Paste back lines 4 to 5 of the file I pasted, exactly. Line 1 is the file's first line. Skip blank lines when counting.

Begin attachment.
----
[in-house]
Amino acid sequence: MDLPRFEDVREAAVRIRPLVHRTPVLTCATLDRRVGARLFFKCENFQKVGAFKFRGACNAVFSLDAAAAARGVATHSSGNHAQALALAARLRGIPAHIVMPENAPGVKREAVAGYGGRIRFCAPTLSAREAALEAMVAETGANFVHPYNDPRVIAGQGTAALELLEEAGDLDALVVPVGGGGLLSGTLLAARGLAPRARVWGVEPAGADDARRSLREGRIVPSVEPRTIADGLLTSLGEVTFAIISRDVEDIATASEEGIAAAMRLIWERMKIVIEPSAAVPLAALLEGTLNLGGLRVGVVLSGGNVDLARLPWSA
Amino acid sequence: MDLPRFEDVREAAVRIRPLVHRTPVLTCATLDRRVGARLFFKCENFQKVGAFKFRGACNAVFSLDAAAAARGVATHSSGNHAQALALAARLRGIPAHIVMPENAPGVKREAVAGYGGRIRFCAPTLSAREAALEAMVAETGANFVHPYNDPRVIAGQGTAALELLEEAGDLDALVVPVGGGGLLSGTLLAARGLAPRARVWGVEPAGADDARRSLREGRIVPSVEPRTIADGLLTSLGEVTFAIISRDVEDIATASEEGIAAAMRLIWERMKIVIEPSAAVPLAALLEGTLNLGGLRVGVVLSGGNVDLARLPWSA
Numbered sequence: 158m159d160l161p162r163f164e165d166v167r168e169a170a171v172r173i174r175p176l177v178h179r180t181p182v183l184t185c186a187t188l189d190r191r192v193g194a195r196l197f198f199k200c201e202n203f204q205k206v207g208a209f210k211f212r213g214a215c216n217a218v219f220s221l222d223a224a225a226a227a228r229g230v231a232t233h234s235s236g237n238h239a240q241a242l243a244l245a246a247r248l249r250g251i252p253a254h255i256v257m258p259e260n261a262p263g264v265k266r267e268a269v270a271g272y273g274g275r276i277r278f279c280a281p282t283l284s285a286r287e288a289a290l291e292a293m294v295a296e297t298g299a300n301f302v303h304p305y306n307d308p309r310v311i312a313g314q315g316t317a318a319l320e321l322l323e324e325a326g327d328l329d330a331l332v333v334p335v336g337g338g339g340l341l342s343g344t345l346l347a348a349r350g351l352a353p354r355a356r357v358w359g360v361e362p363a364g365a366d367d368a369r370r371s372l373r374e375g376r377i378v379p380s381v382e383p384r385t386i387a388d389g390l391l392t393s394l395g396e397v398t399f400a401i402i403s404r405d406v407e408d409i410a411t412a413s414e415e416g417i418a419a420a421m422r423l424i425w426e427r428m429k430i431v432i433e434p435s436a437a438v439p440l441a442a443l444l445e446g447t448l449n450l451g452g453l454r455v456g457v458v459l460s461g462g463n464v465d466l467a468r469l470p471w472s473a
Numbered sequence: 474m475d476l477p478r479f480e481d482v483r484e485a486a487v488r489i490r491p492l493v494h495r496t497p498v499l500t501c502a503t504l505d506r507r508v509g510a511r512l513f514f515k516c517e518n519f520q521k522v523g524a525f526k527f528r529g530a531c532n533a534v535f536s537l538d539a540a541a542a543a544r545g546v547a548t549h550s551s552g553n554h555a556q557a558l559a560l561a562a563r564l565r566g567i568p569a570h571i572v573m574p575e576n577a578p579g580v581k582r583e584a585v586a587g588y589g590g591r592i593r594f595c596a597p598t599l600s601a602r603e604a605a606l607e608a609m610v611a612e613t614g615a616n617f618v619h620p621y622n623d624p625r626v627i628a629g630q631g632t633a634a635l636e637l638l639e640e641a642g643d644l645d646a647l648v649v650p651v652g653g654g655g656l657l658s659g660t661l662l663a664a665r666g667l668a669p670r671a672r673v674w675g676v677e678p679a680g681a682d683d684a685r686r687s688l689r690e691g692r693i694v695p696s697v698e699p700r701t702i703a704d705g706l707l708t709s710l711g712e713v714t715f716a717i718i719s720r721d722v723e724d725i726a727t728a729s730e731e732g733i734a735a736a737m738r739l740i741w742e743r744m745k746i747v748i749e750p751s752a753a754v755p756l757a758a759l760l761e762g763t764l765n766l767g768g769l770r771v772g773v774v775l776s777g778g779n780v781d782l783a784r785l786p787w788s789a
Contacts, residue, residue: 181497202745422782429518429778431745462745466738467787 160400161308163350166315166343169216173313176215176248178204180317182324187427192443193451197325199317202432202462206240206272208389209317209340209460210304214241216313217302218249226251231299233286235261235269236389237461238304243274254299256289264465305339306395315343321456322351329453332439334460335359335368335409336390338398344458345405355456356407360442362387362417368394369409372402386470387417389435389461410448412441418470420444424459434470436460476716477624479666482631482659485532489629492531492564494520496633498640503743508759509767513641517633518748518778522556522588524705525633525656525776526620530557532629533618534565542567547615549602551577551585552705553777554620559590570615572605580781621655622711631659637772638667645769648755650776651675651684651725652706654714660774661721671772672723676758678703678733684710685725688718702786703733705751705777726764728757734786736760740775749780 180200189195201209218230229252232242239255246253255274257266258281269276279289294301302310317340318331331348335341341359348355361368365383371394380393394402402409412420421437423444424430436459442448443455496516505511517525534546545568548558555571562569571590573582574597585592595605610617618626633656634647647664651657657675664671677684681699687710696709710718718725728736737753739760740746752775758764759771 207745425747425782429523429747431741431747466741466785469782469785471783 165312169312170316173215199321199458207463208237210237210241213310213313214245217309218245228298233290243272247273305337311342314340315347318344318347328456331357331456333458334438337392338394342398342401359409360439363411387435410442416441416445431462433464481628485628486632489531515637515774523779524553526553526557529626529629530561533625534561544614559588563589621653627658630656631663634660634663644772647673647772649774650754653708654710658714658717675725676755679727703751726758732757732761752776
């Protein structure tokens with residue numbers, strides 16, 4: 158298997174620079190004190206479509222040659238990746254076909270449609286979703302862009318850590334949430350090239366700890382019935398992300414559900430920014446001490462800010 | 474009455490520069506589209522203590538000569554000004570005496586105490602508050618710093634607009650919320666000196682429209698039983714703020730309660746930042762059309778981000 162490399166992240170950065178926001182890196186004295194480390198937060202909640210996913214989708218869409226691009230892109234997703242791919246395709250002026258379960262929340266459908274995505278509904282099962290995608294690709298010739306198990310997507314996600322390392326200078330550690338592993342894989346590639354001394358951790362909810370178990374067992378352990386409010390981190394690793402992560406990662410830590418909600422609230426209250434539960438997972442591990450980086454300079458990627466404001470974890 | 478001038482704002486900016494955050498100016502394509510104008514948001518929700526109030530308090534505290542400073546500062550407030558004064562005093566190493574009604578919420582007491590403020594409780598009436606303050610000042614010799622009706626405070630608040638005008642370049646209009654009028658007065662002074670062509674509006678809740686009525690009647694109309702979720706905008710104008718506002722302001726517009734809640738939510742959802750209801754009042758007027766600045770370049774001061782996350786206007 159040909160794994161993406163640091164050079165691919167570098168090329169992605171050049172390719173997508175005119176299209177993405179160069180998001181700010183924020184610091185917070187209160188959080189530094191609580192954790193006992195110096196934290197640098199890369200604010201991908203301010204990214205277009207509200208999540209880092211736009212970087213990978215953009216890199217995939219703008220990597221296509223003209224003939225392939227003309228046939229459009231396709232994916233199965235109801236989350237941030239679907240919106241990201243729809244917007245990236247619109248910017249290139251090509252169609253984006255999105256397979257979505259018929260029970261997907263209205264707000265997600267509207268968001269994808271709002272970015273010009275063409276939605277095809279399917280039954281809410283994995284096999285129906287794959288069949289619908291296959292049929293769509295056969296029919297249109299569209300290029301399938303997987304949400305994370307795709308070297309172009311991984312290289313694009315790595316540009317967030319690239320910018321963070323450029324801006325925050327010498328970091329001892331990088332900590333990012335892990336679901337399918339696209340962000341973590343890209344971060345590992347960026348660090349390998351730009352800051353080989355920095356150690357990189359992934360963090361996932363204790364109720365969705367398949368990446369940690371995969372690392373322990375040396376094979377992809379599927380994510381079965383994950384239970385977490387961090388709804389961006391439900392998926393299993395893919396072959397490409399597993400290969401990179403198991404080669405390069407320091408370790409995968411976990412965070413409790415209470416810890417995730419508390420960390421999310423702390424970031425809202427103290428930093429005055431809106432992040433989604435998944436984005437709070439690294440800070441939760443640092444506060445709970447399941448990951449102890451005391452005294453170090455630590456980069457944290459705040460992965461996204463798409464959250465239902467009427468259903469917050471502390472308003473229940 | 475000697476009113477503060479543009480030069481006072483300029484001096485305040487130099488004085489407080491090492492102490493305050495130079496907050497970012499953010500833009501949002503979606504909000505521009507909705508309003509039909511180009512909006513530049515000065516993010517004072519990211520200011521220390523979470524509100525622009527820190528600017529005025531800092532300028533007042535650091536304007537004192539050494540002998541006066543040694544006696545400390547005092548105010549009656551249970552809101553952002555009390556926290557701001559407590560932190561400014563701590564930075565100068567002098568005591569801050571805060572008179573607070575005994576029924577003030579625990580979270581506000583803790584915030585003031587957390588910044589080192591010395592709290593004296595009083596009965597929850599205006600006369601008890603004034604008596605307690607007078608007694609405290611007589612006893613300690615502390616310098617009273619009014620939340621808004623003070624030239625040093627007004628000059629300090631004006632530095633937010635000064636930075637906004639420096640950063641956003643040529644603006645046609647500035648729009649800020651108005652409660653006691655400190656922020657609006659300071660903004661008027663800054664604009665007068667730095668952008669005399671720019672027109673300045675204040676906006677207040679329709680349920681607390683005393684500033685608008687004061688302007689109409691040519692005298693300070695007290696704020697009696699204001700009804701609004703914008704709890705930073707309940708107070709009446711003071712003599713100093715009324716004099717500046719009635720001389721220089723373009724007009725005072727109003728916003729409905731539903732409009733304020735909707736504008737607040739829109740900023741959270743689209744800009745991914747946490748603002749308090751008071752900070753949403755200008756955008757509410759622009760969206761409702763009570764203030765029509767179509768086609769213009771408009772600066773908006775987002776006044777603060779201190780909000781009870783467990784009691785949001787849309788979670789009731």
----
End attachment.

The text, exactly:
Numbered sequence: 158m159d160l161p162r163f164e165d166v167r168e169a170a171v172r173i174r175p176l177v178h179r180t181p182v183l184t185c186a187t188l189d190r191r192v193g194a195r196l197f198f199k200c201e202n203f204q205k206v207g208a209f210k211f212r213g214a215c216n217a218v219f220s221l222d223a224a225a226a227a228r229g230v231a232t233h234s235s236g237n238h239a240q241a242l243a244l245a246a247r248l249r250g251i252p253a254h255i256v257m258p259e260n261a262p263g264v265k266r267e268a269v270a271g272y273g274g275r276i277r278f279c280a281p282t283l284s285a286r287e288a289a290l291e292a293m294v295a296e297t298g299a300n301f302v303h304p305y306n307d308p309r310v311i312a313g314q315g316t317a318a319l320e321l322l323e324e325a326g327d328l329d330a331l332v333v334p335v336g337g338g339g340l341l342s343g344t345l346l347a348a349r350g351l352a353p354r355a356r357v358w359g360v361e362p363a364g365a366d367d368a369r370r371s372l373r374e375g376r377i378v379p380s381v382e383p384r385t386i387a388d389g390l391l392t393s394l395g396e397v398t399f400a401i402i403s404r405d406v407e408d409i410a411t412a413s414e415e416g417i418a419a420a421m422r423l424i425w426e427r428m429k430i431v432i433e434p435s436a437a438v439p440l441a442a443l444l445e446g447t448l449n450l451g452g453l454r455v456g457v458v459l460s461g462g463n464v465d466l467a468r469l470p471w472s473a
Numbered sequence: 474m475d476l477p478r479f480e481d482v483r484e485a486a487v488r489i490r491p492l493v494h495r496t497p498v499l500t501c502a503t504l505d506r507r508v509g510a511r512l513f514f515k516c517e518n519f520q521k522v523g524a525f526k527f528r529g530a531c532n533a534v535f536s537l538d539a540a541a542a543a544r545g546v547a548t549h550s551s552g553n554h555a556q557a558l559a560l561a562a563r564l565r566g567i568p569a570h571i572v573m574p575e576n577a578p579g580v581k582r583e584a585v586a587g588y589g590g591r592i593r594f595c596a597p598t599l600s601a602r603e604a605a606l607e608a609m610v611a612e613t614g615a616n617f618v619h620p621y622n623d624p625r626v627i628a629g630q631g632t633a634a635l636e637l638l639e640e641a642g643d644l645d646a647l648v649v650p651v652g653g654g655g656l657l658s659g660t661l662l663a664a665r666g667l668a669p670r671a672r673v674w675g676v677e678p679a680g681a682d683d684a685r686r687s688l689r690e691g692r693i694v695p696s697v698e699p700r701t702i703a704d705g706l707l708t709s710l711g712e713v714t715f716a717i718i719s720r721d722v723e724d725i726a727t728a729s730e731e732g733i734a735a736a737m738r739l740i741w742e743r744m745k746i747v748i749e750p751s752a753a754v755p756l757a758a759l760l761e762g763t764l765n766l767g768g769l770r771v772g773v774v775l776s777g778g779n780v781d782l783a784r785l786p787w788s789a